Much has been said about the recent trend of college hockey teams intentionally bringing in players who will be 19-22 as a freshman. For a lot of programs, recruiting players who might not be high-end talent, but are bigger, stronger and savvier after a few years of junior hockey allows them the level the playing field with programs that are routinely hauling in NHL draft picks.
This becomes especially helpful/problematic (depending on your perspective) when you consider how many of these elite prospects leave college early for the NHL, or for major juniors - leading to a continuous crop of 18-and 19-year-olds facing older, more experienced opponents who often stay for the full four years.
MGoBlog's mailbag yesterday discussed a developing trend that may be the power programs' rebuttal to this change: bringing in the highest-level recruits a year early by having them accelerate their studies.
With both Zach Werenski (Michigan) and Noah Hanifin (BC) graduating high school a year early to play for their respective schools, do you think this might be an emerging trend among schools looking to secure top end talent? Or at least secure them for more than a season?
...Don't forget BU's Jack Eichel, who is joining Werenski and Hanifin in college this fall after accelerating. That's three, and that's a trend.
As Brian from MGoBlog points out, a lot of these top recruits are coming in from the US National Team Development Program, where, in addition to playing a full season against the USHL - the proving ground for many college hockey recruits - they also play a series of exhibitions against NCAA teams, so they have experience playing against older players.
The idea here is that Noah Hanifin, for instance, will be a lot less likely to be a one-and-done coming this year than he would be arriving next year. Next summer, he'll be a fresh, new draft pick. Barring a combination of putting up monster numbers in college and being drafted by a team so full of holes on the blue line that they'd push someone who's 18 to come to the NHL - which isn't necessarily likely, since rushing a defenseman usually isn't the best idea - odds are pretty good that he and his NHL team would want him to get stronger and more experienced before making the leap. Even if he stayed three seasons at BC, he'd be 20 years old when entering the pro ranks - or, as old as players are when they wrap up their junior careers.
The MGoBlog piece also discusses this strategy's application to basketball, which also faces the one-and-done question. As Brian mentions, this seems to be more common in hockey as many hockey recruits come from families with a lot of money that are paying to send their kids to top-notch prep schools, where it is possible to accelerate studies and get the academic supports necessary to become eligible, so it's less likely to football or basketball where fewer of the players are in that financial situation.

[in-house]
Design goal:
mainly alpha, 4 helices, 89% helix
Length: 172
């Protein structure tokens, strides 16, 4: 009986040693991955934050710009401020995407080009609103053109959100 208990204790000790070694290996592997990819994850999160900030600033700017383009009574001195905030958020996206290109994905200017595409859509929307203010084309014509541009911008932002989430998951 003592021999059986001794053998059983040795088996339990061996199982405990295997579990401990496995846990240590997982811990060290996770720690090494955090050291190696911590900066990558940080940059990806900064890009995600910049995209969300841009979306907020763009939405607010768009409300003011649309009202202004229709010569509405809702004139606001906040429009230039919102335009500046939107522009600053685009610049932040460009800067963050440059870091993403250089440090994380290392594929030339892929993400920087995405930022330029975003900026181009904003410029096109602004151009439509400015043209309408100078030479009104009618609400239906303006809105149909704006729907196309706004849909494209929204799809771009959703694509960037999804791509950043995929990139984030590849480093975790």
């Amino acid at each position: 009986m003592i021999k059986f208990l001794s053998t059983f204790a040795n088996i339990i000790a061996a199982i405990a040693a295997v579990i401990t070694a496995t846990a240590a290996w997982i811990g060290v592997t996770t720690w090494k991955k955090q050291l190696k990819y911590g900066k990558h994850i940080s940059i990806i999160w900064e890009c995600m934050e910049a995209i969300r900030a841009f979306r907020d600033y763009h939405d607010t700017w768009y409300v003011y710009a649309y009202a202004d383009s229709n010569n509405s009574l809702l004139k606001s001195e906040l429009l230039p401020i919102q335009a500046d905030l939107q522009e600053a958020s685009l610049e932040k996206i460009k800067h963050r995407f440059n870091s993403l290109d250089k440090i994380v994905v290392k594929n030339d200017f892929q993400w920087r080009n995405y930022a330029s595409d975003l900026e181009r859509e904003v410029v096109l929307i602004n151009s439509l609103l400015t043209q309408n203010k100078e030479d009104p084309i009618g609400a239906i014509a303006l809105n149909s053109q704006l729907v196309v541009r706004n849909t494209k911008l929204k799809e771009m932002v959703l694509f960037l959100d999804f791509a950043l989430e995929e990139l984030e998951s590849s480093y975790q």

It will be interesting to see how Hanifin and Eichel do against Hockey East competition this season as they gear up for their draft year. Most 17-year-olds preparing to be a top pick at the NHL draft are facing similarly-aged kids in major juniors. Eichel and Hanifin will be facing 20-24 year old players pretty regularly. If these moves work for the respective schools, expect to see more prospects accelerated.
There was quite a different feel around the ACC Kickoff this season. More swagger, more puffed out chests, more bravado.
The ACC Media predicted a 6th place finish for BC. Considering how Carolina-centric the crowd is at the Media Days, our lowely standing is not a surprise. But is BC really that bad? Is the Divison that good?
The Blackhawks' vice-president and general manger Stan Bowman has expressed his thoughts on the six-foot, three-inch forward via The Daily Herald with words from Pro Hockey Talk; "Status quo from our end. We've been hopeful that they want to sign with us, and at this point (agent) Bob Murray might be in a better position on what they're thinking, but we're hopeful that he wants to be part of our organization."
Andrew Stranick '15 (Charlotte, North Carolina) topped off another year of great swimming as a member of the Boston College Eagle's Swim Team by being named as a College Swim Coaches Association of America Academic All-American Honorable Mention.